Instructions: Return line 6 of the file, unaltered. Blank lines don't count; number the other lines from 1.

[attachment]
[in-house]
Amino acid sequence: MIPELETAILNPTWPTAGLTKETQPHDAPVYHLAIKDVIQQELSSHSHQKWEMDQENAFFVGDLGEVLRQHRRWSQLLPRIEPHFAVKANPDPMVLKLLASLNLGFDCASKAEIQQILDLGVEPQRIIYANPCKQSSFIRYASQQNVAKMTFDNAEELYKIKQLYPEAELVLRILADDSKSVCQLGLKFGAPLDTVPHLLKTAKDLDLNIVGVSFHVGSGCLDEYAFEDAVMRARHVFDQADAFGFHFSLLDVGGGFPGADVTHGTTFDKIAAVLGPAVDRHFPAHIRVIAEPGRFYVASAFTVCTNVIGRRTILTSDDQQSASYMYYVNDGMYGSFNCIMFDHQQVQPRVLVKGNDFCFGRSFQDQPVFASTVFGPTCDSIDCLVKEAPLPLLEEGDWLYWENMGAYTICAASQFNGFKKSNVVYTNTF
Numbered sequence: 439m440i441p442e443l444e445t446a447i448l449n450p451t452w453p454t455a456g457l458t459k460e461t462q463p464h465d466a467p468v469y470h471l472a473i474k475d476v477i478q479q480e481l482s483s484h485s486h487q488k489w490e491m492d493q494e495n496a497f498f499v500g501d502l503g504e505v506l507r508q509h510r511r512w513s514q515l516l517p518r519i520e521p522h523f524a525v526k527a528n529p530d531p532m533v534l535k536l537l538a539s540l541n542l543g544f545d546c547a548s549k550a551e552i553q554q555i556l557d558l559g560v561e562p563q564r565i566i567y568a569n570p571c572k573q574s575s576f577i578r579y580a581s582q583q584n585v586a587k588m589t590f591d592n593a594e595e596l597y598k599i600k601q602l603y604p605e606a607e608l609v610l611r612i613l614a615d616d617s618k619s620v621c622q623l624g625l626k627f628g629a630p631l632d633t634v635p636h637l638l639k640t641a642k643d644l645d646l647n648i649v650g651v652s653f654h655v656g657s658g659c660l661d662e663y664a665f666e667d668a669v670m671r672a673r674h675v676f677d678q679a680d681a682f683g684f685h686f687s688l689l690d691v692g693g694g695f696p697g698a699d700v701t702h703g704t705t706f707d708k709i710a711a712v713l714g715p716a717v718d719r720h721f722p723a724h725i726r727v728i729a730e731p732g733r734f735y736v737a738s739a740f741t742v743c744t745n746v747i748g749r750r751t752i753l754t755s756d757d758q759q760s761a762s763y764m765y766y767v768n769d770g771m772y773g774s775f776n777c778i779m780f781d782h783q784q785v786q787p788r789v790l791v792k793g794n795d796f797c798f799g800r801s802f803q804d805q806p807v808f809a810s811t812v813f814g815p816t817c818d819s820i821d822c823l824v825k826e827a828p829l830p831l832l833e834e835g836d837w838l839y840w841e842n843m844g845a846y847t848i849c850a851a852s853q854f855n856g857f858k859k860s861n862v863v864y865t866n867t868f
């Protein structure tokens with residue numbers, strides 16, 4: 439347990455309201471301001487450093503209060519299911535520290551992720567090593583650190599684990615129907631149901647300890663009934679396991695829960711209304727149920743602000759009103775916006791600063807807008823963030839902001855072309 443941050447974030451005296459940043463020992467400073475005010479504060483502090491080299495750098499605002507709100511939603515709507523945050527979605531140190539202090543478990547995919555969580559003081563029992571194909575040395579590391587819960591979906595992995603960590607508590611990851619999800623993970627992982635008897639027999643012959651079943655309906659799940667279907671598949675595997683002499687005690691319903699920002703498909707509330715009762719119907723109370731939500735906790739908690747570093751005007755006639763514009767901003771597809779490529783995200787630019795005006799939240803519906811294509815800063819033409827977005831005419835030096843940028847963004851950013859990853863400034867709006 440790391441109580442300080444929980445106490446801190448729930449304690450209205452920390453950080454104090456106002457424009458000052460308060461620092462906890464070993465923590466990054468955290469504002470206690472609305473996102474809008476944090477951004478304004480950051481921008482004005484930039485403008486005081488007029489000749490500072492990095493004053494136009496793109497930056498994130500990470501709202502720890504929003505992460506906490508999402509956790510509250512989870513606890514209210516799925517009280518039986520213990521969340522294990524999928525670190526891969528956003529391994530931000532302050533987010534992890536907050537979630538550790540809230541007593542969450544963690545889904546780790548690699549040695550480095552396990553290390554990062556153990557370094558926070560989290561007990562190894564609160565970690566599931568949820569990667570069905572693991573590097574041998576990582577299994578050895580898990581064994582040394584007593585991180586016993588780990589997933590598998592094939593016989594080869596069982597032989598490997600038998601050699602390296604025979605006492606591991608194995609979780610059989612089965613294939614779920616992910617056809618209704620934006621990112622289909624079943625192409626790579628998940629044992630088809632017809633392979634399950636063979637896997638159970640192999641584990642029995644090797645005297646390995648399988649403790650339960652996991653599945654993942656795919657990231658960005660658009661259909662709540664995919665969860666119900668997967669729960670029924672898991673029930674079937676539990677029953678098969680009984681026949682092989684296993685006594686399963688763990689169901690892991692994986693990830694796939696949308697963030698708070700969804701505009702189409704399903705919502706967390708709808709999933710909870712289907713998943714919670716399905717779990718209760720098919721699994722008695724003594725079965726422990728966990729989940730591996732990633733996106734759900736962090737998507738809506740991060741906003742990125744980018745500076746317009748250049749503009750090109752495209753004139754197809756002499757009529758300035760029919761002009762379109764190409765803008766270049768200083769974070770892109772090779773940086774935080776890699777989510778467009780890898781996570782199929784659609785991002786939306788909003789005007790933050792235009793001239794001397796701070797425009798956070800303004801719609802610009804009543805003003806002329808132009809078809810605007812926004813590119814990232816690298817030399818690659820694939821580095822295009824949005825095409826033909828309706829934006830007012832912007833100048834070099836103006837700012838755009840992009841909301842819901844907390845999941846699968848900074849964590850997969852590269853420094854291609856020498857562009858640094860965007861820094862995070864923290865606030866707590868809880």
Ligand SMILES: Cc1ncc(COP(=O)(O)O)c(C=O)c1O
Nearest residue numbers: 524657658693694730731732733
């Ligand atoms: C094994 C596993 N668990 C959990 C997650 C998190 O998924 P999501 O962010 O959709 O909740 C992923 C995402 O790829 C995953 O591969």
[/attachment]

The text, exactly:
Nearest residue numbers: 524657658693694730731732733